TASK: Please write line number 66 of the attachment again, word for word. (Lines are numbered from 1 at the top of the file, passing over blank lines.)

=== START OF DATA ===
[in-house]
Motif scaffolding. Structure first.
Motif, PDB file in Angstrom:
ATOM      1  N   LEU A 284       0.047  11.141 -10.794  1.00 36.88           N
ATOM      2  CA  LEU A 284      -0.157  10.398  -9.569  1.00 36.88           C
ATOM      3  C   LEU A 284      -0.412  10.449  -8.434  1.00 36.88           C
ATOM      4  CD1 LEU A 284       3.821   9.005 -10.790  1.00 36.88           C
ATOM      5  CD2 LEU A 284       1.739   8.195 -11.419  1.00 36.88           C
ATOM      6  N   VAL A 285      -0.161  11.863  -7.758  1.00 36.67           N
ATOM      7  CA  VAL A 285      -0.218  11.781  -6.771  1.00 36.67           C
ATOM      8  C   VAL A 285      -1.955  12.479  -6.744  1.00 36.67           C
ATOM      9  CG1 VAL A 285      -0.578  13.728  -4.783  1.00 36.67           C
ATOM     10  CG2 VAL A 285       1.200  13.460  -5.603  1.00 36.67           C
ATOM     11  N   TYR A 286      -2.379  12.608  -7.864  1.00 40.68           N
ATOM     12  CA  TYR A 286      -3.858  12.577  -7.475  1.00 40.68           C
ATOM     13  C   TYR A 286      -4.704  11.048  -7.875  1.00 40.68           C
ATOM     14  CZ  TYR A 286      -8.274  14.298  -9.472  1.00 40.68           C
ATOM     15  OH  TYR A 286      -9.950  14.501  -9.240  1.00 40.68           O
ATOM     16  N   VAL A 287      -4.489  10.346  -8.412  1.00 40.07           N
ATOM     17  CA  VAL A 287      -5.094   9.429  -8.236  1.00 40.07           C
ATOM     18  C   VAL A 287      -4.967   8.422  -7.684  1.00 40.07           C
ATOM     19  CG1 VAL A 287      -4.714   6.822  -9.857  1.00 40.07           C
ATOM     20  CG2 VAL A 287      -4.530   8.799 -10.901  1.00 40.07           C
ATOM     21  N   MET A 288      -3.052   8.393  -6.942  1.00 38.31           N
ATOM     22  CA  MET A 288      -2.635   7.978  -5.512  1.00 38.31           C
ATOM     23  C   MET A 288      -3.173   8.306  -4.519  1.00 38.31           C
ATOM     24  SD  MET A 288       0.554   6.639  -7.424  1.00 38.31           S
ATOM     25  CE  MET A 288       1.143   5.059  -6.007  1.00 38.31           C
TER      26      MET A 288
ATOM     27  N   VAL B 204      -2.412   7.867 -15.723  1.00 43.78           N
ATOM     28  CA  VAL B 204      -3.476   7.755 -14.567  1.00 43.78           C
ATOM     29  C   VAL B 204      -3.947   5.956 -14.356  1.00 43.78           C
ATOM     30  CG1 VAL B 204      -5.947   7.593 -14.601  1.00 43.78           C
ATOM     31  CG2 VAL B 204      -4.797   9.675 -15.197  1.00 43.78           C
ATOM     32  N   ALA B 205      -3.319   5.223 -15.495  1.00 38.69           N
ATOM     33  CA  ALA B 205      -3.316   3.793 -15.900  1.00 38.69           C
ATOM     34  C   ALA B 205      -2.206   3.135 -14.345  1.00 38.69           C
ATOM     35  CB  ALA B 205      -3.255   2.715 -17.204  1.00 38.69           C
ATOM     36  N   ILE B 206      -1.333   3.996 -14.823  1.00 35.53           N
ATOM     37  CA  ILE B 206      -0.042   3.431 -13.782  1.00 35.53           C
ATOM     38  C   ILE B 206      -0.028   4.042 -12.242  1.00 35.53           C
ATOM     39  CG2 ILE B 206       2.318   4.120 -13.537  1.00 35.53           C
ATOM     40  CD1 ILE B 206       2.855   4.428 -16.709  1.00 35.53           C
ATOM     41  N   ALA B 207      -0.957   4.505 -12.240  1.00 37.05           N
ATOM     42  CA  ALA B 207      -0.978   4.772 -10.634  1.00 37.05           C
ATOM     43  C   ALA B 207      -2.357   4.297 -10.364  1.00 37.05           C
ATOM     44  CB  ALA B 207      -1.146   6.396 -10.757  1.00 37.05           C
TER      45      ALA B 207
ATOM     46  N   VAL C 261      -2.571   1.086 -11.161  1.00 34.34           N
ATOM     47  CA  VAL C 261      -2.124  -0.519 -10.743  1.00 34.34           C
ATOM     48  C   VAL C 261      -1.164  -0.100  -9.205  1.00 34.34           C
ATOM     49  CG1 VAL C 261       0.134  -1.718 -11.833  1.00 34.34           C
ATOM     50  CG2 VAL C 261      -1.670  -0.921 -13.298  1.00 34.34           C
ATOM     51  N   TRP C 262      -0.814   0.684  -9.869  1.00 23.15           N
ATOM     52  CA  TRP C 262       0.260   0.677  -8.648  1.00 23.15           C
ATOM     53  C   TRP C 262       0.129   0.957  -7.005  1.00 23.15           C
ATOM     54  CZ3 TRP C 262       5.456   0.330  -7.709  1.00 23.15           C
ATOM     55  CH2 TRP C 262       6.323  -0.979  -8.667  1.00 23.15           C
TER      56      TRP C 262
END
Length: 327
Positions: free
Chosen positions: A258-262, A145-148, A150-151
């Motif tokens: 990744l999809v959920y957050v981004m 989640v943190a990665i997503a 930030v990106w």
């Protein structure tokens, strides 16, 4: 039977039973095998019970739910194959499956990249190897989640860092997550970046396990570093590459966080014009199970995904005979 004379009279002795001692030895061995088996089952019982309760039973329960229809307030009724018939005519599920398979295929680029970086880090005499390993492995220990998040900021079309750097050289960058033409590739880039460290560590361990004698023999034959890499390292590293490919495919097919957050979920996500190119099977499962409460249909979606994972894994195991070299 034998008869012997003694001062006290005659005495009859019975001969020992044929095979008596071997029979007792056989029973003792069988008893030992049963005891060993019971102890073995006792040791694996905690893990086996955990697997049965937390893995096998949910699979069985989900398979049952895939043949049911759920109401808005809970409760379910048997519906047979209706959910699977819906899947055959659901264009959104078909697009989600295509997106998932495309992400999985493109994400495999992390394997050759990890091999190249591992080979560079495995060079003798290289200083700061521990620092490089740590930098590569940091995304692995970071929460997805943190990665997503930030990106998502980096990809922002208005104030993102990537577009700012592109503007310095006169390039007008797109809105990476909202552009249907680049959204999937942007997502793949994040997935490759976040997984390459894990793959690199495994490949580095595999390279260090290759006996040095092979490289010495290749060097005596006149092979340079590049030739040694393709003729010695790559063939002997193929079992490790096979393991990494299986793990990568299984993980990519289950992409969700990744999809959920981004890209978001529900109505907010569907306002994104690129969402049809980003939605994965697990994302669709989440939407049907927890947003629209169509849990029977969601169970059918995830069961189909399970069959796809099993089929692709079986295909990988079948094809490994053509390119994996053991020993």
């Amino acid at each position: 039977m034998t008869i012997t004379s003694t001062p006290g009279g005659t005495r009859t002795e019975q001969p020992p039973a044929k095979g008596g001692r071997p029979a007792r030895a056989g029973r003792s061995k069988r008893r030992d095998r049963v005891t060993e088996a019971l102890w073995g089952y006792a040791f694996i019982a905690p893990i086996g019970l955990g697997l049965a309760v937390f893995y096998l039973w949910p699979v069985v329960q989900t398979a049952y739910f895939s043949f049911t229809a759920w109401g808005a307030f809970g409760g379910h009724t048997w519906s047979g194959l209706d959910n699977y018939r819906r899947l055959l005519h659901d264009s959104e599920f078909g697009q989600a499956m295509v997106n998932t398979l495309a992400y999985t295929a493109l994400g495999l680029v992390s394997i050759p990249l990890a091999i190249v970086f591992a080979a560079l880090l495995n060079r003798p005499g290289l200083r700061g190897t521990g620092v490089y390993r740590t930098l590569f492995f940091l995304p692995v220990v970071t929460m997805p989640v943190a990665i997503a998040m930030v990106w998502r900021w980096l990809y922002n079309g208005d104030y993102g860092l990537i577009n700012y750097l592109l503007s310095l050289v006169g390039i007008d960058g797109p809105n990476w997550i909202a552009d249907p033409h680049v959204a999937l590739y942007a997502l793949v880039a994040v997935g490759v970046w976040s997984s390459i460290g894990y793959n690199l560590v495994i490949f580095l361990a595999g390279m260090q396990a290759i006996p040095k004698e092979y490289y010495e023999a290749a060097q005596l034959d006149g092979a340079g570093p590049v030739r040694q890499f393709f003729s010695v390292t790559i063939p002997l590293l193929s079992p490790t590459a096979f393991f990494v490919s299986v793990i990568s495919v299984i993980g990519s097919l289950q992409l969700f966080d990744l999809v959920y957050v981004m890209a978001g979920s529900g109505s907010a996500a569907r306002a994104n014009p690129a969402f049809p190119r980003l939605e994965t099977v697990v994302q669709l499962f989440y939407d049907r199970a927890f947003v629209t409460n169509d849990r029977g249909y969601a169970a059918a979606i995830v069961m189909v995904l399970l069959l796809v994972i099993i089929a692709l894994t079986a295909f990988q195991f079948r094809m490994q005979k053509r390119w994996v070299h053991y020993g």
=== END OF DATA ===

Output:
């Amino acid at each position: 039977m034998t008869i012997t004379s003694t001062p006290g009279g005659t005495r009859t002795e019975q001969p020992p039973a044929k095979g008596g001692r071997p029979a007792r030895a056989g029973r003792s061995k069988r008893r030992d095998r049963v005891t060993e088996a019971l102890w073995g089952y006792a040791f694996i019982a905690p893990i086996g019970l955990g697997l049965a309760v937390f893995y096998l039973w949910p699979v069985v329960q989900t398979a049952y739910f895939s043949f049911t229809a759920w109401g808005a307030f809970g409760g379910h009724t048997w519906s047979g194959l209706d959910n699977y018939r819906r899947l055959l005519h659901d264009s959104e599920f078909g697009q989600a499956m295509v997106n998932t398979l495309a992400y999985t295929a493109l994400g495999l680029v992390s394997i050759p990249l990890a091999i190249v970086f591992a080979a560079l880090l495995n060079r003798p005499g290289l200083r700061g190897t521990g620092v490089y390993r740590t930098l590569f492995f940091l995304p692995v220990v970071t929460m997805p989640v943190a990665i997503a998040m930030v990106w998502r900021w980096l990809y922002n079309g208005d104030y993102g860092l990537i577009n700012y750097l592109l503007s310095l050289v006169g390039i007008d960058g797109p809105n990476w997550i909202a552009d249907p033409h680049v959204a999937l590739y942007a997502l793949v880039a994040v997935g490759v970046w976040s997984s390459i460290g894990y793959n690199l560590v495994i490949f580095l361990a595999g390279m260090q396990a290759i006996p040095k004698e092979y490289y010495e023999a290749a060097q005596l034959d006149g092979a340079g570093p590049v030739r040694q890499f393709f003729s010695v390292t790559i063939p002997l590293l193929s079992p490790t590459a096979f393991f990494v490919s299986v793990i990568s495919v299984i993980g990519s097919l289950q992409l969700f966080d990744l999809v959920y957050v981004m890209a978001g979920s529900g109505s907010a996500a569907r306002a994104n014009p690129a969402f049809p190119r980003l939605e994965t099977v697990v994302q669709l499962f989440y939407d049907r199970a927890f947003v629209t409460n169509d849990r029977g249909y969601a169970a059918a979606i995830v069961m189909v995904l399970l069959l796809v994972i099993i089929a692709l894994t079986a295909f990988q195991f079948r094809m490994q005979k053509r390119w994996v070299h053991y020993g």